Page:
It's hard to make money when everything you invest in is losing value. Much as in the market downturn of 2002, most stock funds this year find themselves on the wrong side of the ledger.
While most managers are restricted by fund mandate to a specific part of the market, those with more flexibility can move out of the way if they see trouble and dive in where they find opportunity, regardless of asset class, region or market cap. Not only do these flexible funds try to pick the best and avoid the worst securities in a given asset class or market, but they can also sell them short (bet they'll go down) and shift money between asset classes and markets based on their macroeconomic views. Several fund managers using this type of approach have avoided the large losses that have plagued the average stock fund over the past 12 months.
Investing in a go-anywhere, asset-allocation fund can pay off in a variety of markets if the manager is skilled. It can also cause a lot of pain if the manager stumbles. But if you find a talented manager who can use the added freedom well, flexible asset-allocation strategies can serve as a nice complement to a diversified portfolio. Below we highlight a trio of funds that we think have done a fine job of navigating today's choppy markets and show long-term potential.
BlackRock Global AllocationManager Dennis Stattman's defensive bets at the BlackRock Global Allocation (MDLOX) fund have worked brilliantly in the past year and over the long haul. In early 2007, he grew leery of U.S. consumers' low savings rate and worried that banks had overextended credit, so he limited the fund's exposure to U.S. financial companies.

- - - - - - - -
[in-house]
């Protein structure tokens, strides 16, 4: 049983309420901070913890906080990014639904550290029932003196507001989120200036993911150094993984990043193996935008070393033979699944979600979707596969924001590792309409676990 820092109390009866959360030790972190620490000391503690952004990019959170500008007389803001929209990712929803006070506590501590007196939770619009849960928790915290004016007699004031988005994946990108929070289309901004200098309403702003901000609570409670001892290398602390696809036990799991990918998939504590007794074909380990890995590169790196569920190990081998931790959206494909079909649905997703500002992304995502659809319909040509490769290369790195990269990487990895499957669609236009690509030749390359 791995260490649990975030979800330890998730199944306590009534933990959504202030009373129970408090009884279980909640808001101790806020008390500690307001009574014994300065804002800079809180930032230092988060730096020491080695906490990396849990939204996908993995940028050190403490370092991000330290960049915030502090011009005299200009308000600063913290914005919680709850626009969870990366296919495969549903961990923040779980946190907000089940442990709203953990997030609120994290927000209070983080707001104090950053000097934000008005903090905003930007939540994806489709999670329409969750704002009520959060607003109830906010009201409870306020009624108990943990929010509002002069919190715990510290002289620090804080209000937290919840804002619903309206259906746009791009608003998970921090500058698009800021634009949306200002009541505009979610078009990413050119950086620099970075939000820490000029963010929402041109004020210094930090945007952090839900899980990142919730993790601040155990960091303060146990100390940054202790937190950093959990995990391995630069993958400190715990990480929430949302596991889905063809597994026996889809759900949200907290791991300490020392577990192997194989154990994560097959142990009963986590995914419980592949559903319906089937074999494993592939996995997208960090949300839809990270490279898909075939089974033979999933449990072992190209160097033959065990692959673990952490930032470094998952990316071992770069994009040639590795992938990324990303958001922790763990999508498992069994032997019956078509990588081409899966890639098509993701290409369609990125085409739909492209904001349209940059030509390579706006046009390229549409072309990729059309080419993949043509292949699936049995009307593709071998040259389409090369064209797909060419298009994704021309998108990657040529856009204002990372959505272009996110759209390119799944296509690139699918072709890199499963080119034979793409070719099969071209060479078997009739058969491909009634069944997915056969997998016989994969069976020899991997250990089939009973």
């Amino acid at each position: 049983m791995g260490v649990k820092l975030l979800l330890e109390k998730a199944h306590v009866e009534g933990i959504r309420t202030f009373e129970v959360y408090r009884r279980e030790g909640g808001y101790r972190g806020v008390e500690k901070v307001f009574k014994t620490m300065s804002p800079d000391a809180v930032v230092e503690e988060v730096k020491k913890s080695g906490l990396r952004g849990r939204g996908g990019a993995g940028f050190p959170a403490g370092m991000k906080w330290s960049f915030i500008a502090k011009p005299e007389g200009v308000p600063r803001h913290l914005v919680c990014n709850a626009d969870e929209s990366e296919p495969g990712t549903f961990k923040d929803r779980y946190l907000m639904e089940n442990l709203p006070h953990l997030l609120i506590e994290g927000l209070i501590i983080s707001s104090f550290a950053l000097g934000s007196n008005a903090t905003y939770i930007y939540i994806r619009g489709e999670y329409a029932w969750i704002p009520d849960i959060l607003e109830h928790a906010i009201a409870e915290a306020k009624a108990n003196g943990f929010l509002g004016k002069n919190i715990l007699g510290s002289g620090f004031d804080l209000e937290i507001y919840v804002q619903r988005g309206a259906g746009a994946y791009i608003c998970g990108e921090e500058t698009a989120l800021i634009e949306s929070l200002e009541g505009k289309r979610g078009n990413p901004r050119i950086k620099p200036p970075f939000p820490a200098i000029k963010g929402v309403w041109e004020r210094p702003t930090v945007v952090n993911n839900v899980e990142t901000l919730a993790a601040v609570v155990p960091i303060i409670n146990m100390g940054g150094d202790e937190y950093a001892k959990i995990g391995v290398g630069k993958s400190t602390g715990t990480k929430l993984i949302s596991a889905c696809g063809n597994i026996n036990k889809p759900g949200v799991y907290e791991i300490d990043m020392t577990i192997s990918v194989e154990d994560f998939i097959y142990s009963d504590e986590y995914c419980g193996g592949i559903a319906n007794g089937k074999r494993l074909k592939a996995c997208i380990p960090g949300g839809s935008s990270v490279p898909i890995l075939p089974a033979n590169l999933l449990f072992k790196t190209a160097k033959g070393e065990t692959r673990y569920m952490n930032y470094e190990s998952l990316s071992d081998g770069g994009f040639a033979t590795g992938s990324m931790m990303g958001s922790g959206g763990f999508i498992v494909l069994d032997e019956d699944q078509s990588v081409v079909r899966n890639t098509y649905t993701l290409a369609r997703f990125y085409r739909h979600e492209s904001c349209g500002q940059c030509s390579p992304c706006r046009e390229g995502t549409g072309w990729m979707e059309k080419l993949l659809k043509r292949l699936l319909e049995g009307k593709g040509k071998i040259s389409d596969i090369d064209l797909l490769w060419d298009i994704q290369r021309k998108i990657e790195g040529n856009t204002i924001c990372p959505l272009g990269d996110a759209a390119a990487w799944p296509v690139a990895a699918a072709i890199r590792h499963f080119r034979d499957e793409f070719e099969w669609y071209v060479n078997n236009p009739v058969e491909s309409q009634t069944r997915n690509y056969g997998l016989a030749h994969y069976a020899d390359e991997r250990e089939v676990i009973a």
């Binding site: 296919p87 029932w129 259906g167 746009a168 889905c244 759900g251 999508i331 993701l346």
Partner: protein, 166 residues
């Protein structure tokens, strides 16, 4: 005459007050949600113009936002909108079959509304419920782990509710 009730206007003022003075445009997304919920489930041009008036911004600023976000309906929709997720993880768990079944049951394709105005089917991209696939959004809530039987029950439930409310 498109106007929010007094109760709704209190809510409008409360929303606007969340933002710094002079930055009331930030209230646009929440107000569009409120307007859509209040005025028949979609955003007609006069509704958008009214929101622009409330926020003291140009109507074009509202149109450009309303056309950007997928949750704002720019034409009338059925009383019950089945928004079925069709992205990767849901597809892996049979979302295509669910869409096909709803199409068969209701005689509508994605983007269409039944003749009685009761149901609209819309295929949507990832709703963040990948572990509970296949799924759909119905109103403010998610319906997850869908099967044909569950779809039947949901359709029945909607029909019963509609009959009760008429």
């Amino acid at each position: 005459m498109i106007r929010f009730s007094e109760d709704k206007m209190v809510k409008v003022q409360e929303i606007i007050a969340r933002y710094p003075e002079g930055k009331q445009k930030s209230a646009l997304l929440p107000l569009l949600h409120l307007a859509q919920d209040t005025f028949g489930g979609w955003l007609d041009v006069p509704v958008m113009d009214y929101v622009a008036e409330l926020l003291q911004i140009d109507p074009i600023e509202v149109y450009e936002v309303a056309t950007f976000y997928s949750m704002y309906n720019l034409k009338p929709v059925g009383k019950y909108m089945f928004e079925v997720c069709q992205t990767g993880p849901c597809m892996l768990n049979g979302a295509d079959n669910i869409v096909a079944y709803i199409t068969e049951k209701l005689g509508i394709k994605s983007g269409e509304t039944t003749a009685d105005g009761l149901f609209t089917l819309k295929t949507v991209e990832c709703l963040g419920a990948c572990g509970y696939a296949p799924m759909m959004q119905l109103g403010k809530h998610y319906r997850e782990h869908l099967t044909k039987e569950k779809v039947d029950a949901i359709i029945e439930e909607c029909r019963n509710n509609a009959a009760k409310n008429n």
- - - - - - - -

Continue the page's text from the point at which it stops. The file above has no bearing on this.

He also thinks the housing collapse has shrunk, and will continue to shrink, squeezing baby boomers' retirement assets, which could put a damper on domestic spending for the next decade or two. So he has avoided most U.S. consumer discretionary stocks, too.Finally, the fund wagered against small caps by short-selling the Russell 2000 Index ($RUT.X), a bet that pays off when the index loses value. Shareholders have benefited from these moves. The fund managed to eke out a 2.3% gain over the 12 months ended July 2008, while its world-allocation rivals and the vast majority of other funds in the Morningstar universe have lost money.
There are many moving parts here (the fund can delve into U.S. and international stocks, bonds, commodities, currencies and derivatives), and Stattman's bets aren't always spot-on, but the fund has delivered impressive risk-adjusted results over the long haul. We think it will continue to do so, given Stattman's experience in running this flexible style. (He has been at the helm since the fund's inception in 1989.)
Pimco All AssetManager Robert Arnott of subadvisor Research Affiliates uses a much more quantitative method to pick the Pimco All Asset (PASDX) fund's spots.
He has developed models that assess yield, growth and valuation metrics of various asset classes as well as the relationships between them, drawing on those results to determine the optimal mix of Pimco funds.